Economic Development - Are Cash Transfers Crucial in Cutting Poverty?
Cash transfers have become one of the main social protection tools in the developing world. This short topic video looks at the debate over the effectiveness of cash transfer programmes in low and middle-income countries. We also highlight the work of the NGO Give Directly.
- 648 million people in the world, about eight percent of the global population, live in extreme poverty, which means they subsist on less than US$2.15 per day (PPP)
- Almost a quarter of the global population, 23 percent, live below the US$3.65 PPP poverty line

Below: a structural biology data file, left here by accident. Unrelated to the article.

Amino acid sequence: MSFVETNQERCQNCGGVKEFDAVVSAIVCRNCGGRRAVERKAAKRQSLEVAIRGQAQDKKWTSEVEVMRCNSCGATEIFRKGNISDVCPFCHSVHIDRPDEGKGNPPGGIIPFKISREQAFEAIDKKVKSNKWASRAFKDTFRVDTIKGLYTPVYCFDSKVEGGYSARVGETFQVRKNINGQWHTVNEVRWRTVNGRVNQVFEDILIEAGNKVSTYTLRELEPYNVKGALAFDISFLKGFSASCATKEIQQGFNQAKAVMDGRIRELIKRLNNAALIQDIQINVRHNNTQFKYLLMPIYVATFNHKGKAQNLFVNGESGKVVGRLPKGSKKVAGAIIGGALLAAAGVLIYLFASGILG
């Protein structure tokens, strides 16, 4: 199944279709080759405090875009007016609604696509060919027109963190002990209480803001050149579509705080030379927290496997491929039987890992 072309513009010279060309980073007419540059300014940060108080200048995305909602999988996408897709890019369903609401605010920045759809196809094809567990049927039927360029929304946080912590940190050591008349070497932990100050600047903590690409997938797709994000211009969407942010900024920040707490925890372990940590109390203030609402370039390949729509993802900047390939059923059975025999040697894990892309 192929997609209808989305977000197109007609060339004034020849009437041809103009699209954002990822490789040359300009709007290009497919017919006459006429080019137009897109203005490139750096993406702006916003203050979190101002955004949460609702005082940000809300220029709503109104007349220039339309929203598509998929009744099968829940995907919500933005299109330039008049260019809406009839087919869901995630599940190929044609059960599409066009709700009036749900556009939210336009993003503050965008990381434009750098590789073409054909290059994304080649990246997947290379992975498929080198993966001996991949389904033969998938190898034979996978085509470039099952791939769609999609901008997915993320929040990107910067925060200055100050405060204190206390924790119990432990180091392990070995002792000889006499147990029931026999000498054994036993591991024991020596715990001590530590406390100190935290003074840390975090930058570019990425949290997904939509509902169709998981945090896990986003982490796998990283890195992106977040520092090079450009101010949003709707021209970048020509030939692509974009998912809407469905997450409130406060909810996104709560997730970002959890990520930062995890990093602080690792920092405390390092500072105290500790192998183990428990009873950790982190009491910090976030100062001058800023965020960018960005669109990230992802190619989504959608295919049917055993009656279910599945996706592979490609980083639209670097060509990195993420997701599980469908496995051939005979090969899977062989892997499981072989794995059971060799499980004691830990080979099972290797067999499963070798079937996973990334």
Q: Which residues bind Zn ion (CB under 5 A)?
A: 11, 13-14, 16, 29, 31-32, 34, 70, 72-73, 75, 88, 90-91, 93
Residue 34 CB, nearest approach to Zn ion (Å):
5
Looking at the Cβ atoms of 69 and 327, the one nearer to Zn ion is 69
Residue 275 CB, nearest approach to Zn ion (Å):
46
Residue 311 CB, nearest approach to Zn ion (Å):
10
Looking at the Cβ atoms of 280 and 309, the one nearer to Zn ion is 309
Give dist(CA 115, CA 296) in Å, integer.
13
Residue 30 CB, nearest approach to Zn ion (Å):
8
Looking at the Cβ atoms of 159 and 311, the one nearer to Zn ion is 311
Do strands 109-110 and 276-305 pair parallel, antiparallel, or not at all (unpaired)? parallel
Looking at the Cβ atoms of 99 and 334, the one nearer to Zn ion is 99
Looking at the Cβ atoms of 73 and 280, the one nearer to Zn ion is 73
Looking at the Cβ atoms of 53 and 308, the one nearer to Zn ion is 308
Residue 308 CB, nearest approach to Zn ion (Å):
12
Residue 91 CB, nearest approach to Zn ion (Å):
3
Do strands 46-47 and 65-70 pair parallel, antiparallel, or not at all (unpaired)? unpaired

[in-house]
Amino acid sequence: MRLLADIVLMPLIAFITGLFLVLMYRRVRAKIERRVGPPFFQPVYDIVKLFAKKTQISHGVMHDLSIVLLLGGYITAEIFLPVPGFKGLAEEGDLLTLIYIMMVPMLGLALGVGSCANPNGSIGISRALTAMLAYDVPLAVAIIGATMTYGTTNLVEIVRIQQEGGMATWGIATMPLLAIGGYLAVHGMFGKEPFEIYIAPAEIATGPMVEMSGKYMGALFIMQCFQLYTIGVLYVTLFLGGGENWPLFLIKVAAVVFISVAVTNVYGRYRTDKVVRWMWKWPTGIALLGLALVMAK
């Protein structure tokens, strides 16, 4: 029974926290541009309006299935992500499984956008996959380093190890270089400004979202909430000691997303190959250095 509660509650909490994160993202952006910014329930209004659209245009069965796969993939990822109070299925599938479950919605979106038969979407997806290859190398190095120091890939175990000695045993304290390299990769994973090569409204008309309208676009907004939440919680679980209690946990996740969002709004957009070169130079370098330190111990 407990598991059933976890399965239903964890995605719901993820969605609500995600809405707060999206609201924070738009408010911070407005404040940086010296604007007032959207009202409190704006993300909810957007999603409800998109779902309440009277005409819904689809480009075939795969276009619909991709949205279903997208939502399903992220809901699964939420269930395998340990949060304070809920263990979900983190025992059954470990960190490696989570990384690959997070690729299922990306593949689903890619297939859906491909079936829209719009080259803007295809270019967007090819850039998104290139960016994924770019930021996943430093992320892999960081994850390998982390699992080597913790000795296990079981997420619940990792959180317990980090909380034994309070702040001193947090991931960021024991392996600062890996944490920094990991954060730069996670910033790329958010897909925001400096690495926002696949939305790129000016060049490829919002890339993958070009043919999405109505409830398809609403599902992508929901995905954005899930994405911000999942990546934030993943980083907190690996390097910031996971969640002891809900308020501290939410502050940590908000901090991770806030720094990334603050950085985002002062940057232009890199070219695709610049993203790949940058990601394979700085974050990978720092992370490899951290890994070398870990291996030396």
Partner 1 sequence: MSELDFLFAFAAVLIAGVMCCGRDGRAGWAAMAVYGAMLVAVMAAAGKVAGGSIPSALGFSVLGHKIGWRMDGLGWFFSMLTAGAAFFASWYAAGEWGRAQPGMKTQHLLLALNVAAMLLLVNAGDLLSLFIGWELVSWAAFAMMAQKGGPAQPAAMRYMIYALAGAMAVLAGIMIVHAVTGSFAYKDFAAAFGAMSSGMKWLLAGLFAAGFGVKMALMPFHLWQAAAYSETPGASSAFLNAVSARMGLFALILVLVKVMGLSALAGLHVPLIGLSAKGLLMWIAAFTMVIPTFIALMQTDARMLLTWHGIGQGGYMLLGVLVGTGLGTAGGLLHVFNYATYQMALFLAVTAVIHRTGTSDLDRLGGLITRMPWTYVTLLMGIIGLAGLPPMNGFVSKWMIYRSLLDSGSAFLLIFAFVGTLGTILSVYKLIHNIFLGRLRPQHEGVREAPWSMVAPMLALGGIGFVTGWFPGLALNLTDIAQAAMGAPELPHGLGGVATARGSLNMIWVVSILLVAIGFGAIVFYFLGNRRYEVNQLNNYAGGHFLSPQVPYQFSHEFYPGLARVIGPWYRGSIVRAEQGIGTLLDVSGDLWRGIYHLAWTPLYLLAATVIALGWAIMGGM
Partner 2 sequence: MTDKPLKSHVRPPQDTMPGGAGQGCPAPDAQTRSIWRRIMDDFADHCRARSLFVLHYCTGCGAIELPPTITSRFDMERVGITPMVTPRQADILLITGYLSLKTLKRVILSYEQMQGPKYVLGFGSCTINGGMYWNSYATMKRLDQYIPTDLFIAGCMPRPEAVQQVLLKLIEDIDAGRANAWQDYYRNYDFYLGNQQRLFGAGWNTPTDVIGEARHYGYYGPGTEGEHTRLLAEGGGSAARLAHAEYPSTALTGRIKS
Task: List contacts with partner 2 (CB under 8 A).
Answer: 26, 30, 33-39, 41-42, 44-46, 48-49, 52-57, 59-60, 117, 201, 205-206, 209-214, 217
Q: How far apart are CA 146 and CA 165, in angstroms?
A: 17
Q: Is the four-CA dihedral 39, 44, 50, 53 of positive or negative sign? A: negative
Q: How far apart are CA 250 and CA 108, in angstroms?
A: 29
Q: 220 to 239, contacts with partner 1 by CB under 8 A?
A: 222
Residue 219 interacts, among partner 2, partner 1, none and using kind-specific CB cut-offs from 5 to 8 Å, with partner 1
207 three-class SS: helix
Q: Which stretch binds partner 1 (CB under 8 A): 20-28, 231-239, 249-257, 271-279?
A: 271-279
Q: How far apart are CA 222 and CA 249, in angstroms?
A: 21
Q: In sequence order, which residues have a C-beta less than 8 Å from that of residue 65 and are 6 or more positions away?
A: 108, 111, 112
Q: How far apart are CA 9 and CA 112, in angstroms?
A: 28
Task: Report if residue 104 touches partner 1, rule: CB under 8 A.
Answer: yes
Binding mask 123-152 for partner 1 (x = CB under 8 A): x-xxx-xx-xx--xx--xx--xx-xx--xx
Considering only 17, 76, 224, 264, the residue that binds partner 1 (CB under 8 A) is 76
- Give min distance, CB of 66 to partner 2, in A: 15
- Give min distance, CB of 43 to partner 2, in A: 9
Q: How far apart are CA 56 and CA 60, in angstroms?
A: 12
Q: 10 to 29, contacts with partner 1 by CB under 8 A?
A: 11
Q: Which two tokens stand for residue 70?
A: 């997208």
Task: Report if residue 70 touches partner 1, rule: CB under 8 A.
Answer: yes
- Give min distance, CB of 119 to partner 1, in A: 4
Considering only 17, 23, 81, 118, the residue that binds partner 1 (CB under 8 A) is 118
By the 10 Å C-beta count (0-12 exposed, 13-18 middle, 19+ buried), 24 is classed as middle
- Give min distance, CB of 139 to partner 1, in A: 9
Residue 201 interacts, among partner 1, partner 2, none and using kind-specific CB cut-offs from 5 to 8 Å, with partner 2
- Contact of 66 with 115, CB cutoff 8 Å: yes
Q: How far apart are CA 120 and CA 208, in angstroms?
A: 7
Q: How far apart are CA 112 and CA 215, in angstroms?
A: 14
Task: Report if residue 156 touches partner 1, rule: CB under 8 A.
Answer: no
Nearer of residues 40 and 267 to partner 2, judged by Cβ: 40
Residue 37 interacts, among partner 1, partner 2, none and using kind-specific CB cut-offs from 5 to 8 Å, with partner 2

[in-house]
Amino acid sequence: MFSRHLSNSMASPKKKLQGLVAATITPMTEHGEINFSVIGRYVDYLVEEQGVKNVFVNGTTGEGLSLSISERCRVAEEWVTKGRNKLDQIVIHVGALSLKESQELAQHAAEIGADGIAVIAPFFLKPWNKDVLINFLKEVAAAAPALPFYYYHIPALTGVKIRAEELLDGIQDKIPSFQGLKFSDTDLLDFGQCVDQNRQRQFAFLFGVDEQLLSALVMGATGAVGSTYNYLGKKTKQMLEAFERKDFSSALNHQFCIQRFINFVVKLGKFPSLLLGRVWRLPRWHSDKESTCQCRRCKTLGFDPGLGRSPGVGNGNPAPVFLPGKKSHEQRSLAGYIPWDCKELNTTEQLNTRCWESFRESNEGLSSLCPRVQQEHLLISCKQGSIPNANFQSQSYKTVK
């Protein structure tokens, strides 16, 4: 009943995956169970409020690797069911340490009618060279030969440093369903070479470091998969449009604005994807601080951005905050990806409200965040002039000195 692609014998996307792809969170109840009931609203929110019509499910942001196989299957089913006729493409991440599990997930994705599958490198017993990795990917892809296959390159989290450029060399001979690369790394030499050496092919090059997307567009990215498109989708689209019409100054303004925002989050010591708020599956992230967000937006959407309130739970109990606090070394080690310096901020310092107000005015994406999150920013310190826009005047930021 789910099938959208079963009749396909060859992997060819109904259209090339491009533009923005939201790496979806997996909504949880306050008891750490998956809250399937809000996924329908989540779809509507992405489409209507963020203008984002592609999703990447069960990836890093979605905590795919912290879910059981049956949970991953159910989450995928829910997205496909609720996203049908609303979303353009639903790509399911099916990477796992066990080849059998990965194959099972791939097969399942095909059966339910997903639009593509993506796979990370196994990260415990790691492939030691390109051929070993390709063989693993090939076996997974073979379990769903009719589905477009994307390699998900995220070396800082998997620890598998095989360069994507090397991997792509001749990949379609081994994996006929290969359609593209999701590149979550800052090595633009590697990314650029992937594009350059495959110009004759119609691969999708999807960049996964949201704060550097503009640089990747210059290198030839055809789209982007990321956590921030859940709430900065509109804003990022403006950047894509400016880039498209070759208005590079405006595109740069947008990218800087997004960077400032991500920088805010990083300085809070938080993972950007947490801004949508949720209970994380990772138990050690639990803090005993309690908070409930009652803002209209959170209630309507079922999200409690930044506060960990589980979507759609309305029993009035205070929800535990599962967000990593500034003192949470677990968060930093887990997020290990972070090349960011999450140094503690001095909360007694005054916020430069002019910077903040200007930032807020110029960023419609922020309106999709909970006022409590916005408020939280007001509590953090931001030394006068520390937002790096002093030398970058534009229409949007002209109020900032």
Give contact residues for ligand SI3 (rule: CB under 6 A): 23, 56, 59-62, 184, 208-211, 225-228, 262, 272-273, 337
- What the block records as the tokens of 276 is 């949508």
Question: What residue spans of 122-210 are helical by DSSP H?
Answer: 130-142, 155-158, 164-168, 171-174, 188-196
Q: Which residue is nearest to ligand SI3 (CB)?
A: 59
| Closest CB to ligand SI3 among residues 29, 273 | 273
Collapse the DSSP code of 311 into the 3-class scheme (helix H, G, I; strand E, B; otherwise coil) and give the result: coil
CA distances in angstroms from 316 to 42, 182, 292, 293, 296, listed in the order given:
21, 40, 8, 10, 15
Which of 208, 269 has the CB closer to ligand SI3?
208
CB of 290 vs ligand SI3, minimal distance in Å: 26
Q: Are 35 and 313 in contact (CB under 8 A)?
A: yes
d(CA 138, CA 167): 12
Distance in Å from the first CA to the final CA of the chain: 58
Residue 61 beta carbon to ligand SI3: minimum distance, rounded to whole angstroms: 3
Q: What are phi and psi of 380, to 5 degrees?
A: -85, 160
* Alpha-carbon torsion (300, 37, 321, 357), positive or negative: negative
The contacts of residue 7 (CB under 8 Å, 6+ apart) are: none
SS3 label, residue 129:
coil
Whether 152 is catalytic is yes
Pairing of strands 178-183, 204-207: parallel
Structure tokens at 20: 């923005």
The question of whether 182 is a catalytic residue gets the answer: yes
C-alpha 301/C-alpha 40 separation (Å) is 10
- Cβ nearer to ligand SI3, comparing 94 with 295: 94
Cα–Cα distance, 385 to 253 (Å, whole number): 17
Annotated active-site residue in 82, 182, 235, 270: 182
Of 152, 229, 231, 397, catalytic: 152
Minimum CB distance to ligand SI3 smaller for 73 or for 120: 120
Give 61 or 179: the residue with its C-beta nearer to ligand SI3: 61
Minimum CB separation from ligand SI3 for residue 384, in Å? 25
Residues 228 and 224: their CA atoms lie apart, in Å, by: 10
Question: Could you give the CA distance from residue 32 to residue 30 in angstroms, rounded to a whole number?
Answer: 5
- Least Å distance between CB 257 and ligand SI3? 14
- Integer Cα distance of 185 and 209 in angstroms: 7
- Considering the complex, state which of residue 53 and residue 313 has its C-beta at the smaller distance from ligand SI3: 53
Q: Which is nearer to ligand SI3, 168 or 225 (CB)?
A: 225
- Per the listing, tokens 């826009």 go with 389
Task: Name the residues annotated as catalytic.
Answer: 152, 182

- 47 percent, live below the US$6.85 PPP poverty line
- Global median income is US$7.60 PPP per person per day
Cash transfers are a type of social protection programme in low-income countries that provide direct financial assistance to vulnerable households. Cash transfers generally involve providing a set amount of money per month in a local currency or in $s to eligible households.
Conditional cash transfers (CCT) require that the recipients meet certain criteria, such as sending their children to school or attending health checkups and having children immunized
Unconditional cash transfers (UCT) are provided without any such requirements. They are provided universally.